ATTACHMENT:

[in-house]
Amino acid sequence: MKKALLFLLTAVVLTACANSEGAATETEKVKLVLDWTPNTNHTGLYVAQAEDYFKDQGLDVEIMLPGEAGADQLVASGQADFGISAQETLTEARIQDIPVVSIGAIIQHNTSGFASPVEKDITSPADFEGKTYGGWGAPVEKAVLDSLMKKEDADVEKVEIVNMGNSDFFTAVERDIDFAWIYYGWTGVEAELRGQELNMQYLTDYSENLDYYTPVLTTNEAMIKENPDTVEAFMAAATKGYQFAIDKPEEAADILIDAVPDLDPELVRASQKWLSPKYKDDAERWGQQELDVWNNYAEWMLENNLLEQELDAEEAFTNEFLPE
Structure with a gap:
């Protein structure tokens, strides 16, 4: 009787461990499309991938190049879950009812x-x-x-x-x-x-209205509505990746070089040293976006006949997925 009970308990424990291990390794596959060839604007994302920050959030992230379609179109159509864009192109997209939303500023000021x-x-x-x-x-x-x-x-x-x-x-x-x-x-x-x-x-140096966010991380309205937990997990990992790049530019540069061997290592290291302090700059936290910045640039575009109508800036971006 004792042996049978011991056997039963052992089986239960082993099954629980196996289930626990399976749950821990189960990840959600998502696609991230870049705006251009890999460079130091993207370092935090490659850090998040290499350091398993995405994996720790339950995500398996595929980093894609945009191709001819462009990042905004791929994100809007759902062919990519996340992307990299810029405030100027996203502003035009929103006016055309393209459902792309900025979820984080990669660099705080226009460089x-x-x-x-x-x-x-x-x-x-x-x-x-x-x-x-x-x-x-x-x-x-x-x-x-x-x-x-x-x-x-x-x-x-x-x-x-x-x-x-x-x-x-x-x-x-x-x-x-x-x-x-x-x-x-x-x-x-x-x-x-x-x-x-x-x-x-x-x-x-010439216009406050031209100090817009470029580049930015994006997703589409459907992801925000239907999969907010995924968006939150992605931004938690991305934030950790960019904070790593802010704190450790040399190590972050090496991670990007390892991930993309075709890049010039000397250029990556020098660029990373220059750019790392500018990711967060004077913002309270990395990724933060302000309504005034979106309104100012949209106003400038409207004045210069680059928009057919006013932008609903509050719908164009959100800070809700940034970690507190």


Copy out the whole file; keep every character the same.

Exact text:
[in-house]
Amino acid sequence: MKKALLFLLTAVVLTACANSEGAATETEKVKLVLDWTPNTNHTGLYVAQAEDYFKDQGLDVEIMLPGEAGADQLVASGQADFGISAQETLTEARIQDIPVVSIGAIIQHNTSGFASPVEKDITSPADFEGKTYGGWGAPVEKAVLDSLMKKEDADVEKVEIVNMGNSDFFTAVERDIDFAWIYYGWTGVEAELRGQELNMQYLTDYSENLDYYTPVLTTNEAMIKENPDTVEAFMAAATKGYQFAIDKPEEAADILIDAVPDLDPELVRASQKWLSPKYKDDAERWGQQELDVWNNYAEWMLENNLLEQELDAEEAFTNEFLPE
Structure with a gap:
């Protein structure tokens, strides 16, 4: 009787461990499309991938190049879950009812x-x-x-x-x-x-209205509505990746070089040293976006006949997925 009970308990424990291990390794596959060839604007994302920050959030992230379609179109159509864009192109997209939303500023000021x-x-x-x-x-x-x-x-x-x-x-x-x-x-x-x-x-140096966010991380309205937990997990990992790049530019540069061997290592290291302090700059936290910045640039575009109508800036971006 004792042996049978011991056997039963052992089986239960082993099954629980196996289930626990399976749950821990189960990840959600998502696609991230870049705006251009890999460079130091993207370092935090490659850090998040290499350091398993995405994996720790339950995500398996595929980093894609945009191709001819462009990042905004791929994100809007759902062919990519996340992307990299810029405030100027996203502003035009929103006016055309393209459902792309900025979820984080990669660099705080226009460089x-x-x-x-x-x-x-x-x-x-x-x-x-x-x-x-x-x-x-x-x-x-x-x-x-x-x-x-x-x-x-x-x-x-x-x-x-x-x-x-x-x-x-x-x-x-x-x-x-x-x-x-x-x-x-x-x-x-x-x-x-x-x-x-x-x-x-x-x-x-010439216009406050031209100090817009470029580049930015994006997703589409459907992801925000239907999969907010995924968006939150992605931004938690991305934030950790960019904070790593802010704190450790040399190590972050090496991670990007390892991930993309075709890049010039000397250029990556020098660029990373220059750019790392500018990711967060004077913002309270990395990724933060302000309504005034979106309104100012949209106003400038409207004045210069680059928009057919006013932008609903509050719908164009959100800070809700940034970690507190």